Initial Impressions: KIRBY AIR RIDE

I have a few hours of KIRBY AIR RIDE instead of the usual hour this time.  My little brother was playing with one of his friends and, being that the game allows up to four players, I thought I’d join in to see what they were up to.  KIRBY AIR RIDE is for the GameCube and is made by Nintendo.  There are at least a couple different modes (the main one being a kart-style racing game), but we spent all our time playing the “City Trial.”  City Trial mode is like free-form kart game interspersed with mini-games.  The idea is that Kirby (Nintendo’s adorable pink puff-ball hero) drives/glides around a large city map on various “stars” (vehicles) collecting items.  The stars are all dispersed throughout the city and have (sometimes vastly) different handling characteristics and each use the “boost” button for different effects–some use it to go faster, some can only turn when using the boost button, some drift when boosting, etc.  The items the players are trying to collect affect the stats of their rides.  There are speed up, speed down, handling up, increased HP, and the like.  The concept is to go find a star you’re comfortable piloting then collect as many power up items as possible in the amount of time allowed in the city map.  These stat changes will be used in the mini-game to follow to (hopefully) give you an edge over your opponents.  All the while, your buddies are trying to level up their stars and can even knock power-ups off yours.  The mini games vary from races, to battles, to who can glide the farthest and, when set to random, you never know what the competition at the end of the City Trial you’ll be in and whether you collected the right power-ups for it.

All-in-all, it is surprisingly entertaining (even considering how primitive the graphics look), though it can get rather cutthroat with the item collection (especially with eight- and nine-year olds).  The different stars are fun, and actually do provide enough variety that each player tends to have their favorite and that favorite is often different from someone else’s.  A lot of the rounds I had with my brother and his friends turned into their own games of hide-and-go-seek, destroy all the stars, or any number of emergent game-modes we came up with on our own.  We never did manage to defeat the King DeDeDe battle, though . . . so I’m not so sure about the balance of that one ; )

A Long Absence

Hello all you beautiful people.  It’s been a while since my last post here.  A lot and not that much at all has happened since the last post.  I’ve tried out quite a few games and been reading through 10-year old Game Developer magazines.  I’ve also gotten up to speed on general iPad/iPhone development using Objective-C and the iPhone SDK.

I’ve been getting into the habit in the last few weeks of sitting down with a game I’ve never played and trying it out for an hour.  I have a few reasons for doing this: a) as a designer, I want to look at what other games are doing/have done, b) I want to analyze how well other games pull a gamer in within the first moments of a game and how much of the game the player can get a feel for in those moments and c) I like to play games.  My plan was/is to write up my impressions of the games I’ve been running through.  So pretty soon you should be able to look forward to some notes on Muramasa: The Demon Blade, Assassin’s Creed, NickToons Unite!, Open Season, Sonic Heroes, Sonic & Knuckles, Jimmy Neutron: Attack of the Twonkies, Kirby Air Ride, and World of Warcraft. As you may have noticed, I’ve been raiding my little brother’s library for titles I hadn’t played.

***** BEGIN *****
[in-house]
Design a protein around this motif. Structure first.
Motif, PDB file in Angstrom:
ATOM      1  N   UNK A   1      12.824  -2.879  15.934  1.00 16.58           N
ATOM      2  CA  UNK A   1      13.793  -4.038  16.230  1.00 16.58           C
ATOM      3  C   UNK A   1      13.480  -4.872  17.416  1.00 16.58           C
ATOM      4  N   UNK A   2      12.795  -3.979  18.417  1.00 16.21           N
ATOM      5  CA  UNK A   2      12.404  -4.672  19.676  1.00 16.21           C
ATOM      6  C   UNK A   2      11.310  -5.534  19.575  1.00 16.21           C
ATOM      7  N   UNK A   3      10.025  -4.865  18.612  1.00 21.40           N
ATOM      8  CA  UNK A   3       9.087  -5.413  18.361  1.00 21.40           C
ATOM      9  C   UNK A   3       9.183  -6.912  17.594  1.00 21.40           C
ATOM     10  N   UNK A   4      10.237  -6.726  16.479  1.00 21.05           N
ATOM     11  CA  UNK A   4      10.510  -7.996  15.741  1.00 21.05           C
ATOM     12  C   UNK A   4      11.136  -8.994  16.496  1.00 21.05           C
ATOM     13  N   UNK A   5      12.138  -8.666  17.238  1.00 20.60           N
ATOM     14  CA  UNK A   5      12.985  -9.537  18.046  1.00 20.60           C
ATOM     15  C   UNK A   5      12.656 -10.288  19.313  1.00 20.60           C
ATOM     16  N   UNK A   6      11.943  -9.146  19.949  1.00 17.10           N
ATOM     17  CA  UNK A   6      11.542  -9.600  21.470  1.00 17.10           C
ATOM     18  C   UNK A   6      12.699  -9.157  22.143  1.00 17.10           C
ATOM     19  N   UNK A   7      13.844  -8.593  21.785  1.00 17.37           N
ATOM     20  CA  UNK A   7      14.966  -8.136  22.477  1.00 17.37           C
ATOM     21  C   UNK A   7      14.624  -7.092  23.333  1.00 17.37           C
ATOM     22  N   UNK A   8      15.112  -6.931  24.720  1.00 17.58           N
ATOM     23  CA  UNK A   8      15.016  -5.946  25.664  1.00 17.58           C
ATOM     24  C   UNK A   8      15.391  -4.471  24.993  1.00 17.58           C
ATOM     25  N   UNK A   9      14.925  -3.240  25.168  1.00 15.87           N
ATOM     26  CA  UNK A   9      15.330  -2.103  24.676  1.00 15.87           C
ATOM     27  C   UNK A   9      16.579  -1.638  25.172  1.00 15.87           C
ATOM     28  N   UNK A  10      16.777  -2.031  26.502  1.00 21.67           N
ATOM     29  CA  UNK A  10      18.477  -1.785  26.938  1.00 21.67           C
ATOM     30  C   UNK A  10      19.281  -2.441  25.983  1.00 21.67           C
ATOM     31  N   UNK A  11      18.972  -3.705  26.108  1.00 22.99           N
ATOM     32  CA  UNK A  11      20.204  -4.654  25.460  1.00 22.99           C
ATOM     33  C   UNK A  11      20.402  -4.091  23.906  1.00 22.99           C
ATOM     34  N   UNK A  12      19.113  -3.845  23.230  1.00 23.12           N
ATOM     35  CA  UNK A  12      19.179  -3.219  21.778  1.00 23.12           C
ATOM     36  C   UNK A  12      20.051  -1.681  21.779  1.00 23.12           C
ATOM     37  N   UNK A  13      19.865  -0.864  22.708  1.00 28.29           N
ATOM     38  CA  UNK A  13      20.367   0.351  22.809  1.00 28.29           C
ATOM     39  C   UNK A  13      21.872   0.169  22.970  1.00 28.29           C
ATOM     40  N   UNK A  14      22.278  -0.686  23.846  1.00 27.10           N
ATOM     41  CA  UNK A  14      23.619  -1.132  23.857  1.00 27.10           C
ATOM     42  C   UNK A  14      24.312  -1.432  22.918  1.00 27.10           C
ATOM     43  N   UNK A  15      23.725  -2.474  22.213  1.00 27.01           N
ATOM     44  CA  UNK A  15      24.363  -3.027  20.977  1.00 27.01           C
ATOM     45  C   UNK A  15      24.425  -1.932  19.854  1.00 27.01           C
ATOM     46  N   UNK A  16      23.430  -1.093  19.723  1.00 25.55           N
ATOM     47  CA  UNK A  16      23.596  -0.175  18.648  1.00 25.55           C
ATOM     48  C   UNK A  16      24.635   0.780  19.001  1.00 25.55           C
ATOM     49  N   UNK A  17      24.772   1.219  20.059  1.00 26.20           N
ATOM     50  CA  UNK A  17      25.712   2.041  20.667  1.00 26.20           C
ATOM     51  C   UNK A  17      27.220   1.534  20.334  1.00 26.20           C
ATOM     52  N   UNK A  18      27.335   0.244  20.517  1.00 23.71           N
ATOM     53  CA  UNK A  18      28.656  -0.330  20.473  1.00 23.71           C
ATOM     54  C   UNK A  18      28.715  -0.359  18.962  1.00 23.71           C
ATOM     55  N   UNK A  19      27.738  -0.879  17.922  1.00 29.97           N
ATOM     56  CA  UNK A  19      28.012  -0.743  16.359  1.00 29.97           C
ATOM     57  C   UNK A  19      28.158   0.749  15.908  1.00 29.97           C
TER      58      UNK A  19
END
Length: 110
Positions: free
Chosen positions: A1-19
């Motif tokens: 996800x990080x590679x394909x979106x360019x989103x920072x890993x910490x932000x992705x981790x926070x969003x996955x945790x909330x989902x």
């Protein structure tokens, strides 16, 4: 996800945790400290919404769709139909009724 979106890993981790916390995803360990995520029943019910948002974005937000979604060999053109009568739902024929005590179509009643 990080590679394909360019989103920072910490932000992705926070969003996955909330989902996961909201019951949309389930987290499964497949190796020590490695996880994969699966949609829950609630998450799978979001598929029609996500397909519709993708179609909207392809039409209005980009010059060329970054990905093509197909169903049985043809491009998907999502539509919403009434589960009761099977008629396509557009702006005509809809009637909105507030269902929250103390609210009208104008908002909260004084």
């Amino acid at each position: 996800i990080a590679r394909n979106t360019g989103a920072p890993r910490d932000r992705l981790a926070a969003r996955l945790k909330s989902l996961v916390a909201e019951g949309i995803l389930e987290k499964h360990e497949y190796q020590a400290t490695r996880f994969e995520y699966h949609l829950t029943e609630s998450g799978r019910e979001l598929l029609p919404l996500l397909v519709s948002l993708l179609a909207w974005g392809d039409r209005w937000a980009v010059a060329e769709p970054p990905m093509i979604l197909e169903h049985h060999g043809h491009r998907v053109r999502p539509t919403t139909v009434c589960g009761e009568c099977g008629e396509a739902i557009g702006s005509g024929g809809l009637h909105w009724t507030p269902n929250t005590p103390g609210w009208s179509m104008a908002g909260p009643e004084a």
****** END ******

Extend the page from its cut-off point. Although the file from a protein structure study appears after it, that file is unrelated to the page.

Reading through the old Game Developer magazines has been interesting.  Not only has there been a lot of great information I’ve left sitting on my shelves for all these years, but it’s pretty fun reliving the history of game development through articles written when I was in college.  I’ve been reading them chronologically and just got to 2002 last night, a time when the Front Line Awards were praising the nVidia GeForce 3 graphics card, Maya 4, and the “new” Titanium Powerbook G4.  It was also funny to notice an ad for the 2002 Game Developers Conference while wearing the freebie shirt I got from attending the 2002 Game Developers Conference.

lastly, I just want to mention that the Pragmatic Programmers’ iPhone SDK Development by Bill Dudney and Chris Adamson is a great book for getting up to speed on the basics of iPhone/iPad development using Apple’s iOS SDK.  I found it well written and the progression of topics well thought-out.  I also liked that the authors chose to be tutorial-level detailed with new topics, but as the reader progresses through the book, the authors leave the implementation of previously learned material to the reader.  It does the dual job of forcing the reader to actually learn what there doing and practice it, while also making the book itself more readable and hold more information (since they don’t have to reprint the same instructions over and over again, lots of space is saved).  so yeah, good book.  Great resource.  It’s been super helpful in getting me my first iPad gig.



Currently playing: World of Warcraft Trial Edition